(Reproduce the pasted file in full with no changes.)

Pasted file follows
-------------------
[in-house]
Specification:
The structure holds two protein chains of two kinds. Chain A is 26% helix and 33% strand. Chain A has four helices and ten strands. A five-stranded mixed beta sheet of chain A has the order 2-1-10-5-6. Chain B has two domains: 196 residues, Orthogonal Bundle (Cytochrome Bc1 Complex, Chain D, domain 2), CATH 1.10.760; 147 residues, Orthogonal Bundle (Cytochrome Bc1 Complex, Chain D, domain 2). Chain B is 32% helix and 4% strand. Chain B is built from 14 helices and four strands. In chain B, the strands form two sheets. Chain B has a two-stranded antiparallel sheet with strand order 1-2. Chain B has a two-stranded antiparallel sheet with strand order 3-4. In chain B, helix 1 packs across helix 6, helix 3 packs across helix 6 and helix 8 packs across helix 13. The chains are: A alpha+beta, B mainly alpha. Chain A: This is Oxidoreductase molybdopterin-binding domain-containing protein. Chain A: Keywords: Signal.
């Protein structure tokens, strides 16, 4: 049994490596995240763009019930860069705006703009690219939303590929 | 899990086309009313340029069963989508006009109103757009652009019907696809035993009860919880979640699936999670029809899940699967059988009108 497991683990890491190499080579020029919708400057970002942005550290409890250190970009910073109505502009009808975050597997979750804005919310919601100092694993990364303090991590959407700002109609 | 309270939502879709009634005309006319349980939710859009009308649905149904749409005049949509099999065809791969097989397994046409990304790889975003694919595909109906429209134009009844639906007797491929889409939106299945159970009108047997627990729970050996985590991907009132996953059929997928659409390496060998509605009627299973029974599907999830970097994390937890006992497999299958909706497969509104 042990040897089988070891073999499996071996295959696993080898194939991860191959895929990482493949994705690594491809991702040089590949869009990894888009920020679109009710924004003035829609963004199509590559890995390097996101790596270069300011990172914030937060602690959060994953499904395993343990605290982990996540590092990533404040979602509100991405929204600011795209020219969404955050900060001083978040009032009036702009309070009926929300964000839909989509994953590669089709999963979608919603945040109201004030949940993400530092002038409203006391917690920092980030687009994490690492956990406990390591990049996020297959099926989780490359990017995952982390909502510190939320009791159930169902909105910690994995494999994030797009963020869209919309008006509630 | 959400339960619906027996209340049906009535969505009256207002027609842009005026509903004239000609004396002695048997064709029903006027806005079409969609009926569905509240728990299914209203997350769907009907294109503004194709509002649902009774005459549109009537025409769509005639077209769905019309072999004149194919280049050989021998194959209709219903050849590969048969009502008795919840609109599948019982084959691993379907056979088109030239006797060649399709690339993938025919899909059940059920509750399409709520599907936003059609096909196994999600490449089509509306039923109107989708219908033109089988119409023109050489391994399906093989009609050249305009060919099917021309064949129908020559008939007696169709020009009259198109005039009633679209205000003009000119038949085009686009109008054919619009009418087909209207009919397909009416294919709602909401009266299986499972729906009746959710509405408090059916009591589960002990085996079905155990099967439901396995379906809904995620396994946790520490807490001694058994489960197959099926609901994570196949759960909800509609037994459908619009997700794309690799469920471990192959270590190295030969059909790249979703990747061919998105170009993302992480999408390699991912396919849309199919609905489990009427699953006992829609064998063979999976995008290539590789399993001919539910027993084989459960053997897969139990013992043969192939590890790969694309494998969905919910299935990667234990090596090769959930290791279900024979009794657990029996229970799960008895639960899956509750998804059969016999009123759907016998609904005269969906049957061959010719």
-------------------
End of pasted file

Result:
[in-house]
Specification:
The structure holds two protein chains of two kinds. Chain A is 26% helix and 33% strand. Chain A has four helices and ten strands. A five-stranded mixed beta sheet of chain A has the order 2-1-10-5-6. Chain B has two domains: 196 residues, Orthogonal Bundle (Cytochrome Bc1 Complex, Chain D, domain 2), CATH 1.10.760; 147 residues, Orthogonal Bundle (Cytochrome Bc1 Complex, Chain D, domain 2). Chain B is 32% helix and 4% strand. Chain B is built from 14 helices and four strands. In chain B, the strands form two sheets. Chain B has a two-stranded antiparallel sheet with strand order 1-2. Chain B has a two-stranded antiparallel sheet with strand order 3-4. In chain B, helix 1 packs across helix 6, helix 3 packs across helix 6 and helix 8 packs across helix 13. The chains are: A alpha+beta, B mainly alpha. Chain A: This is Oxidoreductase molybdopterin-binding domain-containing protein. Chain A: Keywords: Signal.
């Protein structure tokens, strides 16, 4: 049994490596995240763009019930860069705006703009690219939303590929 | 899990086309009313340029069963989508006009109103757009652009019907696809035993009860919880979640699936999670029809899940699967059988009108 497991683990890491190499080579020029919708400057970002942005550290409890250190970009910073109505502009009808975050597997979750804005919310919601100092694993990364303090991590959407700002109609 | 309270939502879709009634005309006319349980939710859009009308649905149904749409005049949509099999065809791969097989397994046409990304790889975003694919595909109906429209134009009844639906007797491929889409939106299945159970009108047997627990729970050996985590991907009132996953059929997928659409390496060998509605009627299973029974599907999830970097994390937890006992497999299958909706497969509104 042990040897089988070891073999499996071996295959696993080898194939991860191959895929990482493949994705690594491809991702040089590949869009990894888009920020679109009710924004003035829609963004199509590559890995390097996101790596270069300011990172914030937060602690959060994953499904395993343990605290982990996540590092990533404040979602509100991405929204600011795209020219969404955050900060001083978040009032009036702009309070009926929300964000839909989509994953590669089709999963979608919603945040109201004030949940993400530092002038409203006391917690920092980030687009994490690492956990406990390591990049996020297959099926989780490359990017995952982390909502510190939320009791159930169902909105910690994995494999994030797009963020869209919309008006509630 | 959400339960619906027996209340049906009535969505009256207002027609842009005026509903004239000609004396002695048997064709029903006027806005079409969609009926569905509240728990299914209203997350769907009907294109503004194709509002649902009774005459549109009537025409769509005639077209769905019309072999004149194919280049050989021998194959209709219903050849590969048969009502008795919840609109599948019982084959691993379907056979088109030239006797060649399709690339993938025919899909059940059920509750399409709520599907936003059609096909196994999600490449089509509306039923109107989708219908033109089988119409023109050489391994399906093989009609050249305009060919099917021309064949129908020559008939007696169709020009009259198109005039009633679209205000003009000119038949085009686009109008054919619009009418087909209207009919397909009416294919709602909401009266299986499972729906009746959710509405408090059916009591589960002990085996079905155990099967439901396995379906809904995620396994946790520490807490001694058994489960197959099926609901994570196949759960909800509609037994459908619009997700794309690799469920471990192959270590190295030969059909790249979703990747061919998105170009993302992480999408390699991912396919849309199919609905489990009427699953006992829609064998063979999976995008290539590789399993001919539910027993084989459960053997897969139990013992043969192939590890790969694309494998969905919910299935990667234990090596090769959930290791279900024979009794657990029996229970799960008895639960899956509750998804059969016999009123759907016998609904005269969906049957061959010719």